The next two drafts weave in and out of each other: the stories I tell of what I've done, what I felt while I was doing it, what I think the significance of it all may be. This is the story I tell to others close to me (or sometimes to the perfectly placed-stranger). I tell and retell them to myself as well as I take my daily walks. For me, talking/walking help to weave the facts, the themes, and the reflections that constitute a good part of what will eventually reach the page.
As for the act of writing itself, my email could almost be considered a separate draft. Spontaneous electronic expositions to good friends and ingenious comrades constitute a robust electronic record of an experience: if a story is worth telling, it is worth saving. Many of my essays have grown from the roots of such messages. While I strive for 'mindful' experience, I hope that the writing itself will be pretty mindless. Not that I don't edit as I compose, but because I have often thought or said aloud a good bit of my piece before I launch into the actual writing, I can usually tell as the words are coming out when something doesn't ring true.
But what about those times when I’m struggling to capture the words on paper or screen? When I have writer's block I invariably seek some new, vivid experience or a well formed distraction (sometimes an evocative movie or great music will do). Even if what I do seemingly has no bearing on what I'm trying to write, being in my body - out of my mind - allows me to access something, often exactly what I need to shake the writing loose from that vast wilderness of imagination stored within. Worst case, I have done something fully enlivening, and perhaps found new stories to tell some other day. When stuck, I lean on what got me to start - new experiences, meaningful conversations, walking meditations, well-timed distractions - to get my muse pumped up again. Learn what turns your muse on and be willing to indulge as needed. When working, mine happens to prefer strong coffee in the morning and red wine in the evening.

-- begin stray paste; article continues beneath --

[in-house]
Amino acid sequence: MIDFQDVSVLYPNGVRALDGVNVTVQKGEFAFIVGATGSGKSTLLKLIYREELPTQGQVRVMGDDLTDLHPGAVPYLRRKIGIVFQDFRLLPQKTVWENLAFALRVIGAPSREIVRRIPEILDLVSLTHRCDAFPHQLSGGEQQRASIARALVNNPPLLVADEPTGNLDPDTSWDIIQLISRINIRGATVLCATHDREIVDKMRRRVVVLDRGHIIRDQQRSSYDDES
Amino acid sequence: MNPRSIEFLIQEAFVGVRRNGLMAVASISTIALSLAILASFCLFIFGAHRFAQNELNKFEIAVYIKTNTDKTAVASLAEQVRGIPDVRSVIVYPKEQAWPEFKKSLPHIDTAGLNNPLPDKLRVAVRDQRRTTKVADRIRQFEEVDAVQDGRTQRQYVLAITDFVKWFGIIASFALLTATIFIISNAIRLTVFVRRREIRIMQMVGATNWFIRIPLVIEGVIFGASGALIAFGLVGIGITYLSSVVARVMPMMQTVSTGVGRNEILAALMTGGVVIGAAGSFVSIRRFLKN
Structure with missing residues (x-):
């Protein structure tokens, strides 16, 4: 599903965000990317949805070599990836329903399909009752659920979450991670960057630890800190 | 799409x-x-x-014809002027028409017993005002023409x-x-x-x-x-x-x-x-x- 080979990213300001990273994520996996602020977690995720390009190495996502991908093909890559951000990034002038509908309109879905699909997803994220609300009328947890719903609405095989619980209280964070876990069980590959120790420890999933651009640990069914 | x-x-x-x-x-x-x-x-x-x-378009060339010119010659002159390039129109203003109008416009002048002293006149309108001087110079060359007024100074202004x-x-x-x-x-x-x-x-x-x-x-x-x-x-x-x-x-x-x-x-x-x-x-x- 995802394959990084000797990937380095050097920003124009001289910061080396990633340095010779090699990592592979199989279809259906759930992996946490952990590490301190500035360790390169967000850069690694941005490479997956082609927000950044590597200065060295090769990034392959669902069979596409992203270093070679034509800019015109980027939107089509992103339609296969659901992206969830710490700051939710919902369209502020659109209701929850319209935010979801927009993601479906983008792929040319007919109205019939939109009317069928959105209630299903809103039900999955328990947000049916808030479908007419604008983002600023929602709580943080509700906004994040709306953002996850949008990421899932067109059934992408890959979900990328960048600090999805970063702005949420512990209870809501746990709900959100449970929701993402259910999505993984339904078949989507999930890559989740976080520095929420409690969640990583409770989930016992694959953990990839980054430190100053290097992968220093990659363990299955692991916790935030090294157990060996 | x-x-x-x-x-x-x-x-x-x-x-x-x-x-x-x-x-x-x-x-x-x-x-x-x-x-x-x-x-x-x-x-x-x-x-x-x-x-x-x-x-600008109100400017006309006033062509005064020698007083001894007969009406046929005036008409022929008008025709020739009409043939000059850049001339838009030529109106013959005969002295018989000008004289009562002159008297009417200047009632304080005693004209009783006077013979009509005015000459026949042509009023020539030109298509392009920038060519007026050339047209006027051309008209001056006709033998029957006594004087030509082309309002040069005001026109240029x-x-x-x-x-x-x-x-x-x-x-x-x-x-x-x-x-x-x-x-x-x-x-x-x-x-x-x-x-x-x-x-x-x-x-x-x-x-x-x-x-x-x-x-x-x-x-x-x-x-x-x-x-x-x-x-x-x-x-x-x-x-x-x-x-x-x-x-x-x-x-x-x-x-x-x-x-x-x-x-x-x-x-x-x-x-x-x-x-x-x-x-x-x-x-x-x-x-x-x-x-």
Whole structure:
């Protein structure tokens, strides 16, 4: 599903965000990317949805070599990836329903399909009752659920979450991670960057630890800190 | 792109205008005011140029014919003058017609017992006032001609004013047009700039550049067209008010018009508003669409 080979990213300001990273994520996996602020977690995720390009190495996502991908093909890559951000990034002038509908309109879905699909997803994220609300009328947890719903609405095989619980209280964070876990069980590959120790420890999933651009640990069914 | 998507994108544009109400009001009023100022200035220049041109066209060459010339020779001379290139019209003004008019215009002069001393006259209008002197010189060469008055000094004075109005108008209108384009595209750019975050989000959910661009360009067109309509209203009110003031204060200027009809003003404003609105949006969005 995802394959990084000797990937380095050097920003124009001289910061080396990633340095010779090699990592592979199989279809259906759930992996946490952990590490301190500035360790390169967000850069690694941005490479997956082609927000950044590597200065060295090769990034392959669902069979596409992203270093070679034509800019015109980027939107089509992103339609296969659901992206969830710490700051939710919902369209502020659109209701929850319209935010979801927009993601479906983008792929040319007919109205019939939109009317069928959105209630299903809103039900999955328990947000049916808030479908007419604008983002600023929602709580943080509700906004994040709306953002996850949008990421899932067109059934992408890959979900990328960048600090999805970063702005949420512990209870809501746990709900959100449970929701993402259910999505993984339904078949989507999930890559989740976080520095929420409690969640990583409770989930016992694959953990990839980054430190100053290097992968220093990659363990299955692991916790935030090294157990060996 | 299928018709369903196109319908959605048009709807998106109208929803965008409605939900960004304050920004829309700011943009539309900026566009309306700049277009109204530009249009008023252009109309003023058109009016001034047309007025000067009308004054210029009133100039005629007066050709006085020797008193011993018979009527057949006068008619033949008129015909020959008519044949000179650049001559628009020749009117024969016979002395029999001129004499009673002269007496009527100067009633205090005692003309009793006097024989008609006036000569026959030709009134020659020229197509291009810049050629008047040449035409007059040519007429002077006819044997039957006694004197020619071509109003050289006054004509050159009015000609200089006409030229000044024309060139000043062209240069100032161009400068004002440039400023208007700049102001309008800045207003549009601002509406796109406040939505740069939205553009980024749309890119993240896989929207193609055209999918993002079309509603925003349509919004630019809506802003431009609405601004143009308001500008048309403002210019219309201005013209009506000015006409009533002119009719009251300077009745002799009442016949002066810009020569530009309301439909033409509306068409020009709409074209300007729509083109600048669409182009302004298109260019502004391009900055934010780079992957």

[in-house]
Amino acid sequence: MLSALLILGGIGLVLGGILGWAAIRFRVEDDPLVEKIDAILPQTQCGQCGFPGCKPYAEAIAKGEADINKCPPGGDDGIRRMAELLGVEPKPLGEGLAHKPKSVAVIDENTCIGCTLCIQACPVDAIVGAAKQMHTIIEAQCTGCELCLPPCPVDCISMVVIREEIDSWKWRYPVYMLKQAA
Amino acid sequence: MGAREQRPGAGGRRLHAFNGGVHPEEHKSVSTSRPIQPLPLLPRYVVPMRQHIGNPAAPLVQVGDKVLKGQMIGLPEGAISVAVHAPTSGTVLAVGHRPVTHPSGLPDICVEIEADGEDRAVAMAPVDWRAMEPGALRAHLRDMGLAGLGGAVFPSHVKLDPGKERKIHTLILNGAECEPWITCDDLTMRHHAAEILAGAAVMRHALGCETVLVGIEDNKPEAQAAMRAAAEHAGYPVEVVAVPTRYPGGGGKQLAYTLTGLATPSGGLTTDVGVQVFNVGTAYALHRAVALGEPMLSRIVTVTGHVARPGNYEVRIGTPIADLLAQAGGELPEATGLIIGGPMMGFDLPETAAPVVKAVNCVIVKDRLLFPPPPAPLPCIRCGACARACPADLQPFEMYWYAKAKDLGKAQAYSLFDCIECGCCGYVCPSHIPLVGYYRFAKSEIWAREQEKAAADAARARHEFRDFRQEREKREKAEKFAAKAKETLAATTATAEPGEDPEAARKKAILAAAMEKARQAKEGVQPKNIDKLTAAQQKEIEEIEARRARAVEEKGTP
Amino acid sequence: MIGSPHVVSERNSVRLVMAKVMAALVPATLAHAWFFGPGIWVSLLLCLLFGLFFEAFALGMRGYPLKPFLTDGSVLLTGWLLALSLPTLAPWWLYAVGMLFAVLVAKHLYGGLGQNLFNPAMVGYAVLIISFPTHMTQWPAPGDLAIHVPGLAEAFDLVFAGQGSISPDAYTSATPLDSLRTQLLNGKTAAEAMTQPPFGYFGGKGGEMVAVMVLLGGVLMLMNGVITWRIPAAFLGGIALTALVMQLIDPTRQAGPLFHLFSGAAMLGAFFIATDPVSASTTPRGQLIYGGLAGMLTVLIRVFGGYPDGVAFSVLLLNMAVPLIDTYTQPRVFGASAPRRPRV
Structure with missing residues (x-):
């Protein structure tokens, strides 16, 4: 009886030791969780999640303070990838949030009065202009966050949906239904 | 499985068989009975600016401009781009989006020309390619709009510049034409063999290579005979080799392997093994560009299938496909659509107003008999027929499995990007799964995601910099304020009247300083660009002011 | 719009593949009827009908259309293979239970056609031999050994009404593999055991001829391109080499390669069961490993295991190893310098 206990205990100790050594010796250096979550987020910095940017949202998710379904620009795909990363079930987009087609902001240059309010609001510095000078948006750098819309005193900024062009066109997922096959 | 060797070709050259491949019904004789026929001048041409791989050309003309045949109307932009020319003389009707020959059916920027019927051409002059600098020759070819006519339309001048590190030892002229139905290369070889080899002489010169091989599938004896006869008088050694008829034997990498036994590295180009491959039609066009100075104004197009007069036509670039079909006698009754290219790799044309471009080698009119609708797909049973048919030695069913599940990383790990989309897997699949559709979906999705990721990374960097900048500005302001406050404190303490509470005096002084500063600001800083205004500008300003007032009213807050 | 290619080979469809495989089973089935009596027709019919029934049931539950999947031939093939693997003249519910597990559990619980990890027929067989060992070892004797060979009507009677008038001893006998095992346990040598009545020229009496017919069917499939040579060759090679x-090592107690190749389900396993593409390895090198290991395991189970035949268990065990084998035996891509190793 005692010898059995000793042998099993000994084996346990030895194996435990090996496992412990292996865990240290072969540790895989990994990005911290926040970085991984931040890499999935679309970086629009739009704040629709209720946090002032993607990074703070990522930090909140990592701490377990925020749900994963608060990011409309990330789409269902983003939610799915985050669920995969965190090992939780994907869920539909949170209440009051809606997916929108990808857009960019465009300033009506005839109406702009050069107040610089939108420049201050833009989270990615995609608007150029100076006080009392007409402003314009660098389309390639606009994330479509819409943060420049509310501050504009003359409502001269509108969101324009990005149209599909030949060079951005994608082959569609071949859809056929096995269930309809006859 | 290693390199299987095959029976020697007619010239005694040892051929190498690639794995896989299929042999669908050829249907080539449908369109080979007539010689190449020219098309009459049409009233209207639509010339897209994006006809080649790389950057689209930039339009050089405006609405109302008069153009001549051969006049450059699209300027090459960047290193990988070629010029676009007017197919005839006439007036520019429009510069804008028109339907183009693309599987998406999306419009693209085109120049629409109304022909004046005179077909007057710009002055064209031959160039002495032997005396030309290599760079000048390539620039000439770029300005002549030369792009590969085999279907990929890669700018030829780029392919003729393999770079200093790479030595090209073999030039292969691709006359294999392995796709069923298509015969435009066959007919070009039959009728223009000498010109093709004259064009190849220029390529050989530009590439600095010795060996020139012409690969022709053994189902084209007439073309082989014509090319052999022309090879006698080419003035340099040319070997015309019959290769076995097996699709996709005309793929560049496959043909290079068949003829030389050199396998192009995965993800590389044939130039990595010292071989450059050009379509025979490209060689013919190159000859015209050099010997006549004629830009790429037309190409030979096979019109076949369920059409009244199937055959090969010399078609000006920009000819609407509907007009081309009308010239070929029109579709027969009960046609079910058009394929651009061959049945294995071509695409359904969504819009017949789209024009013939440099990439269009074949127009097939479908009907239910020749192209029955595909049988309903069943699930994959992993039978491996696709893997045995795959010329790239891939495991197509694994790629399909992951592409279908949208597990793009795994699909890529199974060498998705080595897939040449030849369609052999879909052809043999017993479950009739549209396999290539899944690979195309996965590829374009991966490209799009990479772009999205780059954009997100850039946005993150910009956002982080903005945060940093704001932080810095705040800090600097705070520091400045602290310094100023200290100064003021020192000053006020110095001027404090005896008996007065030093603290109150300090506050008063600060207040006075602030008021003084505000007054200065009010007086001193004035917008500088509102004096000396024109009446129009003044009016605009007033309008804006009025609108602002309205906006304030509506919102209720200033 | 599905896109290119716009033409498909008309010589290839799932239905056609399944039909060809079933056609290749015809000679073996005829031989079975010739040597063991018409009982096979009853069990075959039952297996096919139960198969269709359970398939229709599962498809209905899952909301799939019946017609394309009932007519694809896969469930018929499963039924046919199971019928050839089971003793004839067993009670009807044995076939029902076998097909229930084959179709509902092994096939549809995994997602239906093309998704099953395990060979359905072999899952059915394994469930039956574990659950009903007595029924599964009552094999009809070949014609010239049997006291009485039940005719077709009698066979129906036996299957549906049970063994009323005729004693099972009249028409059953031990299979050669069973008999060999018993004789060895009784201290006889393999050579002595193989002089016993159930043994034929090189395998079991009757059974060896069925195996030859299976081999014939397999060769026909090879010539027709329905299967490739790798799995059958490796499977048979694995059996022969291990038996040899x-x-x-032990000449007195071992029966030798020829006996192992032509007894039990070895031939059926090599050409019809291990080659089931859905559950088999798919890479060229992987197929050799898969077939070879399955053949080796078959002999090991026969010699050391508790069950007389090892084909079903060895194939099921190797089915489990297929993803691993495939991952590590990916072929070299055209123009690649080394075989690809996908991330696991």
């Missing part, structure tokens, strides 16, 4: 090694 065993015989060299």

There's an entire industry devoted to writing and selling books about how to liberate the "writer within." Some swear by these. To be honest, I'm not overly fond of 'how to' books. Though directed exercises work very well for some people, my rebellious resistance comes up quite strongly (I really don’t cotton to guided imagery either). I do, however, turn to biographies and auto-biographies of writers (and painters, photographers, filmmakers) whose works I admire for useful ideas about writing and for much needed inspiration. And, no matter how stodgy it seems, I am absolutely GA-GA over the big ol' New Century Dictionary that I inherited from my mom. Sometimes taking an etymological journey through a single word can spark an entire essay.
From this drafty perspective, I can’t clearly demarcate what is not-writing from the words streaming onto the page. There is a vast continuum (multi-directional), from imagination, through experience, reflection and into and out of the writing itself. So fear not, intrepid fellow scribes. When it seems like you are most stuck, on some level you may be doing some of your best writing.